Case Study 7-Duel-Use-Lecture-21-Apr

Case Study 7-Duel-Use-Lecture-21-Apr - Case Study 7...

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Case Study 7 Background Also see http://www.pbs.org/wgbh/americanexperience/films/influenza/player/ Influenza, commonly called the “flu”, is a contagious illness caused by one of three types (influenza A, B, and C) of the influenza virus. It is extremely common in the US, and every year 5-20% of the population contracts the flu. Symptoms are generally mild and include fever, headache, coughing, runny nose and muscle aches, however, each year about 36,000 people in the US die from the flu or complications related to the flu. Flu season usually lasts from November until about April or May each year. It is recommended that anyone wishing to avoid contracting the flu be vaccinated, especially those under the age of 5 and over 50, as they are at risk of developing complications from the flu. There are several different subtypes of the influenza A virus. Each is distinguished from the others by variations in the hemagglutinin (HA) and neuraminidase (NA) proteins displayed on the viral surface. Each combination of HA and NA represents a unique subtype, and the only subtypes known to widely circulate between humans are H1N1, H1N2 and H3N2. As a result of selective pressure and the high mutation rate of the virus, there are a number of variants of each influenza subtype. Some variants produce mild disease and transmissibility, while others produce serious disease and are easily passed from person to person. Occasionally a variant of influenza virus can develop that people have little immunity to and also has extremely facile transmissibility. This deadly combination can lead to a global disease outbreak, called a pandemic. The largest pandemic on record occurred in 1918 with the outbreak of the Spanish Flu. Influenza is constantly infecting and interacting with both human and animal hosts. Avian influenza subtype H5N1 is currently causing worldwide concern as it has been able to occasionally infect not only birds but also humans. It is referred to in the media as the “bird flu” and if it develops the ability to spread easily from person to person it could have devastating effects. Beginning in the fall of 1918 and continuing into early 1919 there was a worldwide influenza pandemic. The spread of the so called “Spanish Flu” was accelerated by the close living quarters and travel of soldiers involved in World War I. It is estimated that nearly a third of the world’s population was infected, and between 20 and 50 million people died as a direct result of influenza or of secondary infections like pneumonia. The Spanish flu was unique from any other influenza epidemic in that it was most devastating to otherwise healthy individuals between the ages of 15 and 45. All other flu outbreaks have affected children and the elderly in much higher rates than any other age group. The Spanish flu was characterized by a very aggressive respiratory infection that destroyed lung tissue.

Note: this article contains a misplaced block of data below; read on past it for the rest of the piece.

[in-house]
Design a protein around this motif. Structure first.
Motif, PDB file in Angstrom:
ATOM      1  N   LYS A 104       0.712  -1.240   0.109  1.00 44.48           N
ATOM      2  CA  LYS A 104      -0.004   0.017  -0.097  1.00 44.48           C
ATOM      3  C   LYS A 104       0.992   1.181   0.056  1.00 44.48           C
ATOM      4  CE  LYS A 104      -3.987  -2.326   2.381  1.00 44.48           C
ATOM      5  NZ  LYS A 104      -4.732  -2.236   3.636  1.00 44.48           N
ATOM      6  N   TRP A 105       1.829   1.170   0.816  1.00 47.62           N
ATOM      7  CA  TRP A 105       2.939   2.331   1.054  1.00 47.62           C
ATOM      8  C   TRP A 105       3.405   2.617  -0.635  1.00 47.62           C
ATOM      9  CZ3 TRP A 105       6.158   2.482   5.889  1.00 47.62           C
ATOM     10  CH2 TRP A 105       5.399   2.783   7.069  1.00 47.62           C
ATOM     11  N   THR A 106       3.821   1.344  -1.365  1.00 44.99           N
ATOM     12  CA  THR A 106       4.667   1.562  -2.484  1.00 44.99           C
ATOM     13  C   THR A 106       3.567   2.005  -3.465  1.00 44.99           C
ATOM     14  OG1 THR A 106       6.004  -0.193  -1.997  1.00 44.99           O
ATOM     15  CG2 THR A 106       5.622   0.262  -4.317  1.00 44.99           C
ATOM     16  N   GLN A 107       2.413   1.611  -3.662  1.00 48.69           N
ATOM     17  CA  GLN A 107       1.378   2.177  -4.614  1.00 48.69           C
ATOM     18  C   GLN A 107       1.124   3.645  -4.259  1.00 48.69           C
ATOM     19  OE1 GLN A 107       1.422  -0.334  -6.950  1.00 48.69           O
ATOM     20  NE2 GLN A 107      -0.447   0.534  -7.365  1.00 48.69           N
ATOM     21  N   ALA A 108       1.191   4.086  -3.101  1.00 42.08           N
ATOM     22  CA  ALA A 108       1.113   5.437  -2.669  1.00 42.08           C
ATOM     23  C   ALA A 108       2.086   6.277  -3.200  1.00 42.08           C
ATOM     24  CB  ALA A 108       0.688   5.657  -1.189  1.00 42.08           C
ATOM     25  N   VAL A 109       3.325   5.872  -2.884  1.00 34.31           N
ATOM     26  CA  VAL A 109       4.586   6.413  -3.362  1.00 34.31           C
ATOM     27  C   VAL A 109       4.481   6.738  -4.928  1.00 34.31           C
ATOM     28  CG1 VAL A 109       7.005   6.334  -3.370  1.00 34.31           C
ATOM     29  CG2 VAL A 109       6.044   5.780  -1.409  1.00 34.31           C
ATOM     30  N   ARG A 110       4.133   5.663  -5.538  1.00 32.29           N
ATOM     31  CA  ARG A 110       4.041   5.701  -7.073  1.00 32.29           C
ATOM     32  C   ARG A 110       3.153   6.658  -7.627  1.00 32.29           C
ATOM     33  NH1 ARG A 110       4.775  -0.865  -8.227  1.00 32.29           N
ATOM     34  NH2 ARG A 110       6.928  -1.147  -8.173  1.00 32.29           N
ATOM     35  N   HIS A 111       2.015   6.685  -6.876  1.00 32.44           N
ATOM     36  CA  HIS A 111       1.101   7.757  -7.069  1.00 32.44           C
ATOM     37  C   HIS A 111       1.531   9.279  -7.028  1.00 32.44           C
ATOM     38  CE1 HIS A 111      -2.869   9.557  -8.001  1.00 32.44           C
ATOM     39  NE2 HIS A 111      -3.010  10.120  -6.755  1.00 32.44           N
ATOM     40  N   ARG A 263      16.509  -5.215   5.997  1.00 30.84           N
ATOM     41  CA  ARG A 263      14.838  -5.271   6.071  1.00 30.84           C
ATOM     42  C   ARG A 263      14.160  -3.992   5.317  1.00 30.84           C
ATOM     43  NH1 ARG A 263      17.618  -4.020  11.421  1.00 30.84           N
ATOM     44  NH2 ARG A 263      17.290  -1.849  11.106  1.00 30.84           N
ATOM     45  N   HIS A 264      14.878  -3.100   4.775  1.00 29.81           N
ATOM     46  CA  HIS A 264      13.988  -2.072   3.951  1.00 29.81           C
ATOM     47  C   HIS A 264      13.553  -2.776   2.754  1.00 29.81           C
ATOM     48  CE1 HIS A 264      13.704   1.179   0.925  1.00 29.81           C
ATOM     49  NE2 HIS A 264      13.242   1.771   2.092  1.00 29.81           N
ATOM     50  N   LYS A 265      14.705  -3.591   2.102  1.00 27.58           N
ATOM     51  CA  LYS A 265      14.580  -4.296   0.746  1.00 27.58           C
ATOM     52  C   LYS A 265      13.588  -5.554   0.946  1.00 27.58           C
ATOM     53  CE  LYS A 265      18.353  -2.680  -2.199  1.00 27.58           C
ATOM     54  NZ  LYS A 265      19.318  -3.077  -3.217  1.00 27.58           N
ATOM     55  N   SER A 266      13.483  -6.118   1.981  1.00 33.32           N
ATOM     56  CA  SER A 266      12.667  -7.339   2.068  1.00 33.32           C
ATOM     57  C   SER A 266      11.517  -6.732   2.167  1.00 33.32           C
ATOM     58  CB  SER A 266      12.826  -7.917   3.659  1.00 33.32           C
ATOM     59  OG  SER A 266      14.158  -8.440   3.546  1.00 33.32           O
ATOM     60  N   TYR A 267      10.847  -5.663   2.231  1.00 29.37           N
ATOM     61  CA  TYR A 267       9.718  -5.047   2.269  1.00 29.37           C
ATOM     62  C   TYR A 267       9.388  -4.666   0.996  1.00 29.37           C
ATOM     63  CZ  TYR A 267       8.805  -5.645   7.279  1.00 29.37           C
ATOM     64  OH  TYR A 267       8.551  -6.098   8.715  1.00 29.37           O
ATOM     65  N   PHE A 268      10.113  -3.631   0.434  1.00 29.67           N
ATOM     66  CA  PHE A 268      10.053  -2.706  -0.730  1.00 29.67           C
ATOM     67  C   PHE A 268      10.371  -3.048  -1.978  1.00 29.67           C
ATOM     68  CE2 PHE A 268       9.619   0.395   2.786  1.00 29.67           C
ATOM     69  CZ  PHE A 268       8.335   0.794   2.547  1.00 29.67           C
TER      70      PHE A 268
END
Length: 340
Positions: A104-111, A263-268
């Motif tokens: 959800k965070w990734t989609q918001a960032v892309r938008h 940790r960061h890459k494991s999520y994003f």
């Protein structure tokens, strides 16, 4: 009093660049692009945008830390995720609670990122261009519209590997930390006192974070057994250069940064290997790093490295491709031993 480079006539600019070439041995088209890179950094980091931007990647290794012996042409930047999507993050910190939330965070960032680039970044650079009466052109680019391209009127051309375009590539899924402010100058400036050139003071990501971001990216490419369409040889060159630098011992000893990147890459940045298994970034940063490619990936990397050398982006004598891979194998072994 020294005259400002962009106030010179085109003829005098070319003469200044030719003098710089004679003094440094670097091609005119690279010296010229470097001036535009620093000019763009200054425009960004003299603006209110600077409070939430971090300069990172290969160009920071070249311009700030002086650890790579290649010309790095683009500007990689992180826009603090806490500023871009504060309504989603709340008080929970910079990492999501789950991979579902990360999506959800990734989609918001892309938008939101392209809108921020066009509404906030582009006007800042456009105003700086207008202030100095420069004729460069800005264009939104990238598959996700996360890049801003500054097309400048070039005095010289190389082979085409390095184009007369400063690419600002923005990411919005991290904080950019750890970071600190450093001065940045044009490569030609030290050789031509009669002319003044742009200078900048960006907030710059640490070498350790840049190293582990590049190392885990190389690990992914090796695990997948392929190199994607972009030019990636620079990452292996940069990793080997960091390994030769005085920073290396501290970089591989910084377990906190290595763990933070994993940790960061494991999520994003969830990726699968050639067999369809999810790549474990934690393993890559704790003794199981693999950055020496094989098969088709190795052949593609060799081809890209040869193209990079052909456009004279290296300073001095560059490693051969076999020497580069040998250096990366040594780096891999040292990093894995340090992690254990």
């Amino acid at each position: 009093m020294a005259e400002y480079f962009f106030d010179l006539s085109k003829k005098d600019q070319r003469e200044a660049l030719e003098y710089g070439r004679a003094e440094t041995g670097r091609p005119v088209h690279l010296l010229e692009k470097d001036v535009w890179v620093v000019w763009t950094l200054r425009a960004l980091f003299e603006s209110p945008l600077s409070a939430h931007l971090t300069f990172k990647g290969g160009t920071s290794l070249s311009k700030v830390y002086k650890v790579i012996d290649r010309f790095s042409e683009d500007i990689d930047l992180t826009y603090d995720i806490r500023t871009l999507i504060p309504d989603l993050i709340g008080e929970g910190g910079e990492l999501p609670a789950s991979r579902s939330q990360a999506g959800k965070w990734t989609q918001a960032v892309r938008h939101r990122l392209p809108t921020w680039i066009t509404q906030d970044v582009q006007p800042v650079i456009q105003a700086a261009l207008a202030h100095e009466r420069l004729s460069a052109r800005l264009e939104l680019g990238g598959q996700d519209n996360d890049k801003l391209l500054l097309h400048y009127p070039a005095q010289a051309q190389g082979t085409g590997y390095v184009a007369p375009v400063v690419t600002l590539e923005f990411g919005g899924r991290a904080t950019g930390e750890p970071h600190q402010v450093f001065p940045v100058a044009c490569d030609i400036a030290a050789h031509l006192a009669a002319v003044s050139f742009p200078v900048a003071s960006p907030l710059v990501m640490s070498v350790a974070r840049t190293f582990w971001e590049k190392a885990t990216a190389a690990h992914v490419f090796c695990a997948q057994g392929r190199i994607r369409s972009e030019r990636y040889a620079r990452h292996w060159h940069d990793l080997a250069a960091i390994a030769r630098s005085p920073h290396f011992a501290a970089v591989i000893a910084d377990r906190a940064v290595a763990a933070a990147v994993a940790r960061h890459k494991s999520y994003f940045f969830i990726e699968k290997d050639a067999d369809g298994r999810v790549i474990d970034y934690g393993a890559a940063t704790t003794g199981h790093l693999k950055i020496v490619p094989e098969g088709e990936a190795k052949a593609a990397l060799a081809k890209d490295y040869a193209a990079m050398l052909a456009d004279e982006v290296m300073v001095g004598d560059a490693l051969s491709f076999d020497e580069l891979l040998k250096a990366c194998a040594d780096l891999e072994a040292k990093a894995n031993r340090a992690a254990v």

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This note was uploaded on 07/07/2010 for the course BSCU 425 taught by Professor Rollins during the Fall '10 term at Maryland.

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Case Study 7-Duel-Use-Lecture-21-Apr - Case Study 7...

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